Sign In

Communications of the ACM

ACM TechNews

The Fickleness of Fame

View as: Print Mobile App Share: Send by email Share on reddit Share on StumbleUpon Share on Hacker News Share on Tweeter Share on Facebook
The red carpet walked by celebrities at media events.

The study revealed four prototypical patterns of postmortem memory - a blip, silence, rise, and decline.

Credit: iStock

Scientists at Switzerland's Ecole Polytechnique Fédérale de Lausanne (EPFL) and Stanford University tracked mentions of more than 2,000 people who died between 2009 and 2014 to gauge how long recently deceased public figures remain in the collective memory.

The researchers algorithmically analyzed the daily frequency of mentions of each deceased person in mainstream news and on Twitter in the year before and after they passed away.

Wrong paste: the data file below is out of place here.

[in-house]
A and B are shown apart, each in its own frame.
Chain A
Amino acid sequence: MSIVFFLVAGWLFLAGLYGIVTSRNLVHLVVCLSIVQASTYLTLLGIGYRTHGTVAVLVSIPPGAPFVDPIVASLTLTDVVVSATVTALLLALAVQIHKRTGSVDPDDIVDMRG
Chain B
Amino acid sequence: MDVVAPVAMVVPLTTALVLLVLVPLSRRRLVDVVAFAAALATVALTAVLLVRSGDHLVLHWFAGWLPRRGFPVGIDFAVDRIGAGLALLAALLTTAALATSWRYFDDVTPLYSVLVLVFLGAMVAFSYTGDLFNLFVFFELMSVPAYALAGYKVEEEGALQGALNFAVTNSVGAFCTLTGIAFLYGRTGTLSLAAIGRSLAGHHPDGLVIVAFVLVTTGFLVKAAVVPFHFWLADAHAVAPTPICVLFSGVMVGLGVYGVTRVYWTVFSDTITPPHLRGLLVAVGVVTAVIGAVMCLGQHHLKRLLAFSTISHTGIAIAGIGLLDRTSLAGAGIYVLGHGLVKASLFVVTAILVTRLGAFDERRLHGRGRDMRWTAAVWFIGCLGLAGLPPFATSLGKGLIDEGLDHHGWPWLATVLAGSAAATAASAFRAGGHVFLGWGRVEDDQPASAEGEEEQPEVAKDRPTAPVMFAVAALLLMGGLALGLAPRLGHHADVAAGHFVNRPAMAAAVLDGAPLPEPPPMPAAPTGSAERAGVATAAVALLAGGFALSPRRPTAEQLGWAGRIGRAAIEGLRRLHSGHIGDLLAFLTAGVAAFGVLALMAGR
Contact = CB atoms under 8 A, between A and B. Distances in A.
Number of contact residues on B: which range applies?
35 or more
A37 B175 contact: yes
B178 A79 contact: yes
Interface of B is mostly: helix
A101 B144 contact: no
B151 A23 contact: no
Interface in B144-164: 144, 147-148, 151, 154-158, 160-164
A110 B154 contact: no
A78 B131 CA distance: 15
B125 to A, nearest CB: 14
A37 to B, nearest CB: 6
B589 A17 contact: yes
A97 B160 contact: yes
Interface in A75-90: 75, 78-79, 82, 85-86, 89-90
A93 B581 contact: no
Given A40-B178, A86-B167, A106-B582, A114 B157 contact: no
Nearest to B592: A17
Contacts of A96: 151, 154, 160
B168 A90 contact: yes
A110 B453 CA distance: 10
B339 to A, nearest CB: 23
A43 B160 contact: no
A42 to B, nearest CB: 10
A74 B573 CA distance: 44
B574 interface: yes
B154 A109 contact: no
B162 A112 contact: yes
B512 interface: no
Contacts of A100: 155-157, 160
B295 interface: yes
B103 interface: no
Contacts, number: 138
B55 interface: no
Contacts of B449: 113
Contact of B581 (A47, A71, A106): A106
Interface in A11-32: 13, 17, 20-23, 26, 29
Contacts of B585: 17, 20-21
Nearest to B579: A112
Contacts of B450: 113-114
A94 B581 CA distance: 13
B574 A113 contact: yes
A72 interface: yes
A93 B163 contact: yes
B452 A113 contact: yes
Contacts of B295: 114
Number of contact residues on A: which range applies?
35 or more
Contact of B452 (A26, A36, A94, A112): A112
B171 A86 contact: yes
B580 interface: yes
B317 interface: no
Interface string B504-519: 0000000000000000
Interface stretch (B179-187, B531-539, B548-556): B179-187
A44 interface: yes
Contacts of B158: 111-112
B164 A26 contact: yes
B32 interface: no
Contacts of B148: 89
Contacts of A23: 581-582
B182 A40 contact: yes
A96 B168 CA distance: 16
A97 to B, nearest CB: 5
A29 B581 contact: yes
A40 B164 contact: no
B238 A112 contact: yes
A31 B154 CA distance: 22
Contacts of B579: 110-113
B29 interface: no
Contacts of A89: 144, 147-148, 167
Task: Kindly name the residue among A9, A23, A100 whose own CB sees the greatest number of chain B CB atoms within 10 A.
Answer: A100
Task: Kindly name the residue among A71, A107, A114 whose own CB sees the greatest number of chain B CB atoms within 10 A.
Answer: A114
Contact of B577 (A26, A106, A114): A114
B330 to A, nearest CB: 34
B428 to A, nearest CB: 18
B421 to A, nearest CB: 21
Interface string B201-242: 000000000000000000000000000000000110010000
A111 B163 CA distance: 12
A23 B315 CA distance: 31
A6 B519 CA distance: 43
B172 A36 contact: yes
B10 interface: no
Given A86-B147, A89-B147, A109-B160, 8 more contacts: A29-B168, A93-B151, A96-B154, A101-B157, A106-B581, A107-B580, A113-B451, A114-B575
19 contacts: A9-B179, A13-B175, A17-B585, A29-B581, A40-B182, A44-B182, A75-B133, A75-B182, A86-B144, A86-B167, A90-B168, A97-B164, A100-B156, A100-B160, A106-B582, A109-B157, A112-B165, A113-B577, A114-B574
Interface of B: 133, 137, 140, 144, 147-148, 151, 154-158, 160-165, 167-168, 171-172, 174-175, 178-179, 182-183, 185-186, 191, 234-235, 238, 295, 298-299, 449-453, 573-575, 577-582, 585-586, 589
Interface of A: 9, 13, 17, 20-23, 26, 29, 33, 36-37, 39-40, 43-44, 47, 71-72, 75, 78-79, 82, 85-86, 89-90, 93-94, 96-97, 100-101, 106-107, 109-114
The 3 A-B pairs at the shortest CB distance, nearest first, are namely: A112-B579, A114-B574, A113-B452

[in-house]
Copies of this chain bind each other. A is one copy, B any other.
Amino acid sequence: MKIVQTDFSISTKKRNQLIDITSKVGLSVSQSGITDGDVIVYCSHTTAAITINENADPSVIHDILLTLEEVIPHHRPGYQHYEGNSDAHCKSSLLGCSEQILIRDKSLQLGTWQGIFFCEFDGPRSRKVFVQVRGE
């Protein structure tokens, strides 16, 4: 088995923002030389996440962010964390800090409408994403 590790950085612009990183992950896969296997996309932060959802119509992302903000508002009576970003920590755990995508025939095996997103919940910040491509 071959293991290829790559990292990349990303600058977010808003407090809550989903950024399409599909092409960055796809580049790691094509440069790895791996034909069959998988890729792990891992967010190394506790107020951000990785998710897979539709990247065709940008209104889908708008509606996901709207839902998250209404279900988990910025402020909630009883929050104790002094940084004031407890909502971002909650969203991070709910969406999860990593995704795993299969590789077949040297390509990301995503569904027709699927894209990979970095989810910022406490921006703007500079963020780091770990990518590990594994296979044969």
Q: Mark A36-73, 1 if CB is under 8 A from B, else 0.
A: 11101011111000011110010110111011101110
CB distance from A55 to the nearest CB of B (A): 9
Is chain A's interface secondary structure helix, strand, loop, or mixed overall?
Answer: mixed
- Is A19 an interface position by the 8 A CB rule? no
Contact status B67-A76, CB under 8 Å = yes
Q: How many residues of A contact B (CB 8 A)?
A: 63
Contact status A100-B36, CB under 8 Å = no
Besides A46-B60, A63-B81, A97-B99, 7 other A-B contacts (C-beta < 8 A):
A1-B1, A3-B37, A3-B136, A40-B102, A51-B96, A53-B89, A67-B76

What they found were four prototypical patterns of postmortem memory: blip, silence, rise, and decline.

EPFL's Robert West said about half of all people studied produced few mentions before dying, then received a small blip after they died before reverting to pre-mortem levels of mentions.

Another 25% got basically no mentions, while a further 12.5% spiked when they died before mentions settle at levels higher than when they lived—usually politicians or athletes who are no longer active.

Artists who created long-lasting cultural legacies tend d to receive the largest average long-term attention boost following their deaths.

From Ecole Polytechnique Fédérale de Lausanne (Switzerland)
View Full Article


Abstracts Copyright © 2021 SmithBucklin, Washington, DC, USA


No entries found

Sign In for Full Access
» Forgot Password? » Create an ACM Web Account